5x12 pentomino tiling
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A young carer's story - one of the statistics

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Sophie and her grandparentsThree people in my family have or have had dementia. I lost my great grandfather to dementia at the age of 12. He was 94 years of age and just wanted to give up. My maternal grandparent's cared for him, until he had his leg amputated and developed dementia. From then on he was in a care home. I remember helping out a little bit with this when I was younger. I didn't do as much as I do now though. I remember sitting on his lap and him telling me stories of the 'olden days'. My favourite stories were when he told me about the Second World War, which he fought in. That's where I developed a love of history. In 2006, my grandpa (as I used to call him), passed away, a few days before Christmas. I was devastated. I knew a little bit about dementia, but not much, but I hoped I would not have to go through it again. Well I was wrong.

I am now a carer for my maternal grandparent's who have dementia. My grandmother is in a care home now, but I still care for her, I ring her up every week and ask how she is and I visit her once in a while as I am now at university. I cared for my granddad up until January this year (2015), when we were told that he wasn't coping well enough. He was diagnosed with 'senile dementia', though I think that he has 'vascular dementia', but I won't go into that. At least I know he has dementia. I think it is fair to say that dementia runs in my family. I keep telling myself that I don't want to get dementia, but it may be inevitable.

I started caring for my grandparent's before they developed dementia, as they have other health conditions and mental health problems. I am not going to say that it is easy. I started caring for them at the age of 11, when my grandma fell down the stairs. She suffered brain damage and this is progressive now. Her personality has changed and she is ageing too. She is frail, has age-related problems and has her health conditions too. It is like losing your grandma three times over - due to her falling down the stairs, due to her ageing and due to her dementia. It is difficult, as I am very close to my grandmother. In fact when I was younger, I used to call her my 'mammy grandma'. Still to this day, I call her that and on purpose too!

My granddad has always been the person to push me in terms of my education. That's why I want to do my Master's degree and my PhD. I want to do it for myself but do it for him. The only thing is, he won't understand. Both of my grandparent's will not be able to make it to my graduation. I know this as a fact. That for me is going to be so hard, because my grandparent's have brought me up. I am going to be honest and say that I am crying writing this. My grandparent's are so special to me and to not have them at my graduation is heartbreaking. They will watch it on a DVD of course, but having them there would mean the world to me. It won't be the same. When I get my Master's and my PhD, I am dedicating them both, to them and my other family members of course. I feel like I'm losing my granddad twice over too, he has dementia as I mentioned before and he is getting older too. The sad fact is that both of my grandparent's are in their 60's. So to me they aren't old, but they most certainly are different people.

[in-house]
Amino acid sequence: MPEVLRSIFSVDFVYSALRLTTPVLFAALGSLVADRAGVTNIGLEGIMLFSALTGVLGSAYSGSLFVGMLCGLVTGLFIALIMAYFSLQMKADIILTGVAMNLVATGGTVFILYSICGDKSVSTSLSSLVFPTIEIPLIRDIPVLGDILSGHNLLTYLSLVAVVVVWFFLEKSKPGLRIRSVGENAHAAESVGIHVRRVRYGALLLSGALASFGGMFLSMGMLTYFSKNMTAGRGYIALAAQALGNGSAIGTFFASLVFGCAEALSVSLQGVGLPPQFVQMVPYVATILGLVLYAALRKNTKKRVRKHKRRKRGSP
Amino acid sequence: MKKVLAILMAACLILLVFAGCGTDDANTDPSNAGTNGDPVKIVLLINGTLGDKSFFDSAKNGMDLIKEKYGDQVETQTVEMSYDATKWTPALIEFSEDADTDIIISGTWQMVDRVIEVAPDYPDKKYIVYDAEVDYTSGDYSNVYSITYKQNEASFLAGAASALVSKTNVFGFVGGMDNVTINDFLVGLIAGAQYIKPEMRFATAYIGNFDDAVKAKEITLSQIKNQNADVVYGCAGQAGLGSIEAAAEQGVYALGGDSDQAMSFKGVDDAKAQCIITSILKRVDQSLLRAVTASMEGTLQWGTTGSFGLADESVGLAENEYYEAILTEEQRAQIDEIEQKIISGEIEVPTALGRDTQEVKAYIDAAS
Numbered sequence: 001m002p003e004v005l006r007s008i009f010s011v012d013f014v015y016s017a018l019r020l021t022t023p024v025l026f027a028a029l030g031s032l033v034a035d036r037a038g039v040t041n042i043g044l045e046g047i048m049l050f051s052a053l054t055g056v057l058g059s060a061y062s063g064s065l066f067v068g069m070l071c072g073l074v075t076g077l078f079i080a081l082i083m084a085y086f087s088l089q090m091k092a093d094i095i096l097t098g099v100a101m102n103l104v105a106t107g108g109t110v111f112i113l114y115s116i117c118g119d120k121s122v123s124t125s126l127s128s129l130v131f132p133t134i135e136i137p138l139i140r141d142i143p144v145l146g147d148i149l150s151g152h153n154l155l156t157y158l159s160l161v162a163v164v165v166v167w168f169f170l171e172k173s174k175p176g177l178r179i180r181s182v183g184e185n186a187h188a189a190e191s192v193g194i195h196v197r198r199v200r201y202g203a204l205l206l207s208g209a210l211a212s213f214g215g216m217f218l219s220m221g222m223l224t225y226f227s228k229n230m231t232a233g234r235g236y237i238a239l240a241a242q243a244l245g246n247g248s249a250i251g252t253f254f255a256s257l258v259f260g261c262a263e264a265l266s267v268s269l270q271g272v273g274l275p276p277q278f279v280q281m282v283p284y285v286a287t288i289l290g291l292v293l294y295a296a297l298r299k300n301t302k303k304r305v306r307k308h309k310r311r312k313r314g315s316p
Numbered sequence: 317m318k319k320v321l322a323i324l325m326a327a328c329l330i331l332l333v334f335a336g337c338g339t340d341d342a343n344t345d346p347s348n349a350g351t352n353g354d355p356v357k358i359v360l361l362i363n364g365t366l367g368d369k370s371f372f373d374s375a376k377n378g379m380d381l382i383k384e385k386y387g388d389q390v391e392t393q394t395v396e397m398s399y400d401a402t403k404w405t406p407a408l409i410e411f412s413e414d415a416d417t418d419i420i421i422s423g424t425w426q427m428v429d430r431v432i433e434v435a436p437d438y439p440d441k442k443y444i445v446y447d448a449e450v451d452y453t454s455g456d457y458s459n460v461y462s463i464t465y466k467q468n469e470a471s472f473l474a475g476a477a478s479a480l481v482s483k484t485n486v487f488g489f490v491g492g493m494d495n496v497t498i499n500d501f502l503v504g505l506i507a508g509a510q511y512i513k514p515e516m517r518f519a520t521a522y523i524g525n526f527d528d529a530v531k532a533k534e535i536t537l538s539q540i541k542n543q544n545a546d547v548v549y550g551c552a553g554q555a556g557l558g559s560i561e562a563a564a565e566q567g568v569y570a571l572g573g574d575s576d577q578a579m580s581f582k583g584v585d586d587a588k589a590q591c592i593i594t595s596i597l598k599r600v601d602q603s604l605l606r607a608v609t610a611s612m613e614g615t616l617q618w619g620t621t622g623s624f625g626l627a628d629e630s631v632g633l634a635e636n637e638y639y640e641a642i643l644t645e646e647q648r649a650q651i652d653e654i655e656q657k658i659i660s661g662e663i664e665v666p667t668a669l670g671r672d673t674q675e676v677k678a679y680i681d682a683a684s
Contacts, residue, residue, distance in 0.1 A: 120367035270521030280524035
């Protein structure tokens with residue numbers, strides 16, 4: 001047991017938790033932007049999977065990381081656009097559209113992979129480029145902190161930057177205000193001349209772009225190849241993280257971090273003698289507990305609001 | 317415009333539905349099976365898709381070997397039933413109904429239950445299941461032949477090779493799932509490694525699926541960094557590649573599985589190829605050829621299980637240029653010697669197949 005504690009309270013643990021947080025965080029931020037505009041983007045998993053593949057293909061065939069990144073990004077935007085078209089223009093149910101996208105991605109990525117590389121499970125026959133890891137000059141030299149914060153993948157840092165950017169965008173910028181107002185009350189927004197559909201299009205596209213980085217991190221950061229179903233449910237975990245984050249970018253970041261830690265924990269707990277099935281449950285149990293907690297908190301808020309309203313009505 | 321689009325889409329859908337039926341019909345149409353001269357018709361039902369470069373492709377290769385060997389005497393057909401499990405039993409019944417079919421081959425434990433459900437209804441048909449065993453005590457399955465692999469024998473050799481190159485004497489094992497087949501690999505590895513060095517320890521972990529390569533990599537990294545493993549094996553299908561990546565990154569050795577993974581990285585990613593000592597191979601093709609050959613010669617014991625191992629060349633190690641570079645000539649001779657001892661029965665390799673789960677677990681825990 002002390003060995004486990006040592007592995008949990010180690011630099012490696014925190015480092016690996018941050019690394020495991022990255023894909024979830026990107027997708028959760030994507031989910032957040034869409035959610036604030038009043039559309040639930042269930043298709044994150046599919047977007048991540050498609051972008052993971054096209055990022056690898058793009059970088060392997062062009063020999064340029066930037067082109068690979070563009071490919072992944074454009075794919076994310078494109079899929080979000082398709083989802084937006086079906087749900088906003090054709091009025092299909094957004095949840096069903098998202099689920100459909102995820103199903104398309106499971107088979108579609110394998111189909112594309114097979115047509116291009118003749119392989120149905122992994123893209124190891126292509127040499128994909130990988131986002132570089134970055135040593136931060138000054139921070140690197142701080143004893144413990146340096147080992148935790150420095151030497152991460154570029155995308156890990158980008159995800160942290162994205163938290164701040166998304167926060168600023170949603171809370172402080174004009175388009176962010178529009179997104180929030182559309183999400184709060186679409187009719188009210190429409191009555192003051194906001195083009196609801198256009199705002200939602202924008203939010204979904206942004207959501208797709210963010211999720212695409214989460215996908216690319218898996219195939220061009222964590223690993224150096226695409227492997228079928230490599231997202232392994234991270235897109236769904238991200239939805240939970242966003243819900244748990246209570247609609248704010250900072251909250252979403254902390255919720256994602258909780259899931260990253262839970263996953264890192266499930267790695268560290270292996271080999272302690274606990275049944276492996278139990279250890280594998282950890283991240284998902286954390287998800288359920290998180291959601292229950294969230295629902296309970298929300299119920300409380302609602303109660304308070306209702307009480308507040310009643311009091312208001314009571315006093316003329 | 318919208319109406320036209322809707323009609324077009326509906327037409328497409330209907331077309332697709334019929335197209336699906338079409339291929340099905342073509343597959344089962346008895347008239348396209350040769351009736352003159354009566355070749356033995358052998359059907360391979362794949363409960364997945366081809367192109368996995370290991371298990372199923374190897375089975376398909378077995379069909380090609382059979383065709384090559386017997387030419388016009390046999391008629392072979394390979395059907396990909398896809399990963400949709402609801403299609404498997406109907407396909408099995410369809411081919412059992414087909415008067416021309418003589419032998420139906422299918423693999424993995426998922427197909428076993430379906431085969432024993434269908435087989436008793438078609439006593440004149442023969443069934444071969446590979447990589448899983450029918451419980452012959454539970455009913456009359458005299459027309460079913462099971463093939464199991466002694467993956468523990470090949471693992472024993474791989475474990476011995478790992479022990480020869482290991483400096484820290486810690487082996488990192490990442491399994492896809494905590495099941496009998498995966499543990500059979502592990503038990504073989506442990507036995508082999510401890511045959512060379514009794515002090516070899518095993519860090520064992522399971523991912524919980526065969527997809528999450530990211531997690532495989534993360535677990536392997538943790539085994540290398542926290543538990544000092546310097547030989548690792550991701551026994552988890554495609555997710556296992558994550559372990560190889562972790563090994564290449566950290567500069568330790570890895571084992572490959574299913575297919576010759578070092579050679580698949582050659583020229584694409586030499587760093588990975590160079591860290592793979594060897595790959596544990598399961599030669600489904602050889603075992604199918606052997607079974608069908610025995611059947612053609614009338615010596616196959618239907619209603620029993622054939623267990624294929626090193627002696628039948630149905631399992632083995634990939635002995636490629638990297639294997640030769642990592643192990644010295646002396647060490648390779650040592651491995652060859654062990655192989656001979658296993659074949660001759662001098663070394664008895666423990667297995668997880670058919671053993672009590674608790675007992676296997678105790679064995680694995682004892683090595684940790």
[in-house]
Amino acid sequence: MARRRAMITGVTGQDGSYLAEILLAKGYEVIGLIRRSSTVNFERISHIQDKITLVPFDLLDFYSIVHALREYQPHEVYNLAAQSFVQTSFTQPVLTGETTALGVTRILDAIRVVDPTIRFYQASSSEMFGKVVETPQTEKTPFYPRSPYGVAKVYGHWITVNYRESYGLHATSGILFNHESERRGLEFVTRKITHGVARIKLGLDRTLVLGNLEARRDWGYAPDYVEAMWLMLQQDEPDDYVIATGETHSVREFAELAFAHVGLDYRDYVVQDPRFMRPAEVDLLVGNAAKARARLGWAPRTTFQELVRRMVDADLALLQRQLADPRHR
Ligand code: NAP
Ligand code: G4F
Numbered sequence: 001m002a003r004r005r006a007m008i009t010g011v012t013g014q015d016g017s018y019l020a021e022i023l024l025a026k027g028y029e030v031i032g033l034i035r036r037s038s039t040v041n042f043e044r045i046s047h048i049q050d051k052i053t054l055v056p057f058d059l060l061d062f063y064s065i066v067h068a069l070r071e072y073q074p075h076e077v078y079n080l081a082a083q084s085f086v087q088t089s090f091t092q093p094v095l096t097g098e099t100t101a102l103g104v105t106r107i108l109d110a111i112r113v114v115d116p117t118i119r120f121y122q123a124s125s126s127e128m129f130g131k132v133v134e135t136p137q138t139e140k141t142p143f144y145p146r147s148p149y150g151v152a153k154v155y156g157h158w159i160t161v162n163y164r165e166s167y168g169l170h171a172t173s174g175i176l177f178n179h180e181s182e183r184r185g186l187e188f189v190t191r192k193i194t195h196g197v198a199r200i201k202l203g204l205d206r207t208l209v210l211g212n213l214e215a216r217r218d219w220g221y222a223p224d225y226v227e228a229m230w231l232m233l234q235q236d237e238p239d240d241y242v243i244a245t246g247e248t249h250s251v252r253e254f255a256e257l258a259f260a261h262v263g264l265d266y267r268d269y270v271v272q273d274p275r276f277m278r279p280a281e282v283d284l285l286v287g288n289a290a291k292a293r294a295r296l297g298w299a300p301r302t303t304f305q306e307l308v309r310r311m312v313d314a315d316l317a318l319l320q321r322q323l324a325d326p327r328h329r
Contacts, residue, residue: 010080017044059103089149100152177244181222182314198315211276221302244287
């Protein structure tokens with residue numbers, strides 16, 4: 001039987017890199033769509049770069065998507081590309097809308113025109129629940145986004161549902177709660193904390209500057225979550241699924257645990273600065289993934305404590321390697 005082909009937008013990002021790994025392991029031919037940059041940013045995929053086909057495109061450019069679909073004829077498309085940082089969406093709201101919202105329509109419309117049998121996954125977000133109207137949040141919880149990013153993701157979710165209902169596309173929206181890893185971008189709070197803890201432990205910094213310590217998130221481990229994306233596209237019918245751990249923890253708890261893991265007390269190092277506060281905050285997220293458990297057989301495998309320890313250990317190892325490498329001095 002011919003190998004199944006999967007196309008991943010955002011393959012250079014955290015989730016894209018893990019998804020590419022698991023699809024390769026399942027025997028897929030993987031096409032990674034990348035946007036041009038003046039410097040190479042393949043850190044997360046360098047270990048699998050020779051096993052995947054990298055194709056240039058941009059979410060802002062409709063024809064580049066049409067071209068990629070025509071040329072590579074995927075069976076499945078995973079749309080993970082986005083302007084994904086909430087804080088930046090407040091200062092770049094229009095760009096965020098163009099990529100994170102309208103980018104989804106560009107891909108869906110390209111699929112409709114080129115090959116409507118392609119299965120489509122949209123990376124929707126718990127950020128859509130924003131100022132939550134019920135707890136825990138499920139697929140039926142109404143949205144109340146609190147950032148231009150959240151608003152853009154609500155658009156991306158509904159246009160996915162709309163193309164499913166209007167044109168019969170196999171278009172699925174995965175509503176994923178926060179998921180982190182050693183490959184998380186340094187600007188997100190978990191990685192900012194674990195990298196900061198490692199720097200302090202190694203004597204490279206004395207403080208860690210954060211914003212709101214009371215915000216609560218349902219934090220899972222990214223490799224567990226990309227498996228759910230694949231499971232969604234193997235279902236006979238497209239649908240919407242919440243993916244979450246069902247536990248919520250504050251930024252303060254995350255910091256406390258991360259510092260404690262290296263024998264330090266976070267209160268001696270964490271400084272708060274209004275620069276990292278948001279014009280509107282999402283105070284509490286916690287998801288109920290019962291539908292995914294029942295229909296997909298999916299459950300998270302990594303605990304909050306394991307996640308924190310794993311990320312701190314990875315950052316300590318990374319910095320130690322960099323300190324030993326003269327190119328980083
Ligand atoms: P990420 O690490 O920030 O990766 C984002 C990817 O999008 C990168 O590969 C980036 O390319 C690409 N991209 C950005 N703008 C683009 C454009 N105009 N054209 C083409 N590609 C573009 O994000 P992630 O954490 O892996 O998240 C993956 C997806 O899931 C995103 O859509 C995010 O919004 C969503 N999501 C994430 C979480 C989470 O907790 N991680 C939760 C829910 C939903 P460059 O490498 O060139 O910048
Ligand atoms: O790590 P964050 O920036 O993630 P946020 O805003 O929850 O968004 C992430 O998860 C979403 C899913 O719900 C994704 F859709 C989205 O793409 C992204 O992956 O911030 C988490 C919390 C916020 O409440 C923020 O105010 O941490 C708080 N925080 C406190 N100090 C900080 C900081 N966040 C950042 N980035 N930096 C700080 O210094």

I must stress that although they are different people on the outside, they are still the same people in my head. I still have the memories from my childhood. Even though they won't remember, I do and that is something no-one can take away from me. I will treasure the pictures I have with them, because one day these two very important people will be gone completely. It seems selfish, but I dislike visiting them sometimes, because it just reminds me of what once was. I don't resent them in any way. How could I? Why would I? They can't help it and neither can I. All I know is that being a carer for people with dementia is hard, difficult, heartbreaking, upsetting...and a lot more. But I will always remember the good things that being a carer for people with dementia brings. It gives you joy, happiness, love and admiration. I am truly inspired by my grandparents. I get to spend extra time with them. What more could I ask for?

Sophie Dishman @sophieSW14

Tags: carers, relationships Written 2015-03-16

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